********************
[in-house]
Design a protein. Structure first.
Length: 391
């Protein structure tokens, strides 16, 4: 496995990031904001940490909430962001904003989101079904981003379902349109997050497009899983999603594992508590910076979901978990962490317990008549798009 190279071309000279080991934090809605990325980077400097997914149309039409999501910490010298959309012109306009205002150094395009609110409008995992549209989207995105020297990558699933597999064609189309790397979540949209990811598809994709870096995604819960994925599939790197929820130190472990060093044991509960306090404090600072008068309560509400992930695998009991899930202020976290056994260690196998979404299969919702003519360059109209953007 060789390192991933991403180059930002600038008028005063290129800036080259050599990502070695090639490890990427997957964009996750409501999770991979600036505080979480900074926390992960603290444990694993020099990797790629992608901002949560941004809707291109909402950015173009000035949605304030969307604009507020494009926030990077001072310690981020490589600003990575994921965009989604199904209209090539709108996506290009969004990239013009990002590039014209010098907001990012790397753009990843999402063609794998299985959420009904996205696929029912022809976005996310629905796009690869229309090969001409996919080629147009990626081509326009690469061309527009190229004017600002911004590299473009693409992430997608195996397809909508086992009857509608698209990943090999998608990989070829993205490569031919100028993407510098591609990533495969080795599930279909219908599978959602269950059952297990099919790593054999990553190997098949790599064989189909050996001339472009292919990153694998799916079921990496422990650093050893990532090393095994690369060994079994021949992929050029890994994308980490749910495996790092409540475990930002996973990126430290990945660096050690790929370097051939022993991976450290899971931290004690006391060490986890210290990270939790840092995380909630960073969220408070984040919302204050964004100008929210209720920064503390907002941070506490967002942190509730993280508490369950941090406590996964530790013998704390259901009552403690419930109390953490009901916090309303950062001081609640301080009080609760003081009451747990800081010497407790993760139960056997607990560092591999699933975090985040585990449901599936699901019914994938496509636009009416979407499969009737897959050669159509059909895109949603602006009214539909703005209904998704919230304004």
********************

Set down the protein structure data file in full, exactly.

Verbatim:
[in-house]
Design a protein. Structure first.
Length: 391
């Protein structure tokens, strides 16, 4: 496995990031904001940490909430962001904003989101079904981003379902349109997050497009899983999603594992508590910076979901978990962490317990008549798009 190279071309000279080991934090809605990325980077400097997914149309039409999501910490010298959309012109306009205002150094395009609110409008995992549209989207995105020297990558699933597999064609189309790397979540949209990811598809994709870096995604819960994925599939790197929820130190472990060093044991509960306090404090600072008068309560509400992930695998009991899930202020976290056994260690196998979404299969919702003519360059109209953007 060789390192991933991403180059930002600038008028005063290129800036080259050599990502070695090639490890990427997957964009996750409501999770991979600036505080979480900074926390992960603290444990694993020099990797790629992608901002949560941004809707291109909402950015173009000035949605304030969307604009507020494009926030990077001072310690981020490589600003990575994921965009989604199904209209090539709108996506290009969004990239013009990002590039014209010098907001990012790397753009990843999402063609794998299985959420009904996205696929029912022809976005996310629905796009690869229309090969001409996919080629147009990626081509326009690469061309527009190229004017600002911004590299473009693409992430997608195996397809909508086992009857509608698209990943090999998608990989070829993205490569031919100028993407510098591609990533495969080795599930279909219908599978959602269950059952297990099919790593054999990553190997098949790599064989189909050996001339472009292919990153694998799916079921990496422990650093050893990532090393095994690369060994079994021949992929050029890994994308980490749910495996790092409540475990930002996973990126430290990945660096050690790929370097051939022993991976450290899971931290004690006391060490986890210290990270939790840092995380909630960073969220408070984040919302204050964004100008929210209720920064503390907002941070506490967002942190509730993280508490369950941090406590996964530790013998704390259901009552403690419930109390953490009901916090309303950062001081609640301080009080609760003081009451747990800081010497407790993760139960056997607990560092591999699933975090985040585990449901599936699901019914994938496509636009009416979407499969009737897959050669159509059909895109949603602006009214539909703005209904998704919230304004």